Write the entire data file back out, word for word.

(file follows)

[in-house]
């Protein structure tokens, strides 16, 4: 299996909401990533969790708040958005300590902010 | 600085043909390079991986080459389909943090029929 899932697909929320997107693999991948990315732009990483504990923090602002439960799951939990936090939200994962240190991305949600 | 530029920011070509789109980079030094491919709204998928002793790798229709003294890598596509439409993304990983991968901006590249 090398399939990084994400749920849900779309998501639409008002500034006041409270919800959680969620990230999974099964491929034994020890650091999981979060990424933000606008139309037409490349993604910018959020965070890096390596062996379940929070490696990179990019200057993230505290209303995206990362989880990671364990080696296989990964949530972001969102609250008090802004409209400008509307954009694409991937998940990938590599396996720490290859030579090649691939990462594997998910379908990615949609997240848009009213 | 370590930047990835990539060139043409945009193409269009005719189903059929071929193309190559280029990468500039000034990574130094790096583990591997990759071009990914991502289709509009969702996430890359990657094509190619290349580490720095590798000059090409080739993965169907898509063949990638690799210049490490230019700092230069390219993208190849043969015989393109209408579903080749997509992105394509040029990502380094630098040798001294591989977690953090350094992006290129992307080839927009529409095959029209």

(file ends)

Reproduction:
[in-house]
């Protein structure tokens, strides 16, 4: 299996909401990533969790708040958005300590902010 | 600085043909390079991986080459389909943090029929 899932697909929320997107693999991948990315732009990483504990923090602002439960799951939990936090939200994962240190991305949600 | 530029920011070509789109980079030094491919709204998928002793790798229709003294890598596509439409993304990983991968901006590249 090398399939990084994400749920849900779309998501639409008002500034006041409270919800959680969620990230999974099964491929034994020890650091999981979060990424933000606008139309037409490349993604910018959020965070890096390596062996379940929070490696990179990019200057993230505290209303995206990362989880990671364990080696296989990964949530972001969102609250008090802004409209400008509307954009694409991937998940990938590599396996720490290859030579090649691939990462594997998910379908990615949609997240848009009213 | 370590930047990835990539060139043409945009193409269009005719189903059929071929193309190559280029990468500039000034990574130094790096583990591997990759071009990914991502289709509009969702996430890359990657094509190619290349580490720095590798000059090409080739993965169907898509063949990638690799210049490490230019700092230069390219993208190849043969015989393109209408579903080749997509992105394509040029990502380094630098040798001294591989977690953090350094992006290129992307080839927009529409095959029209």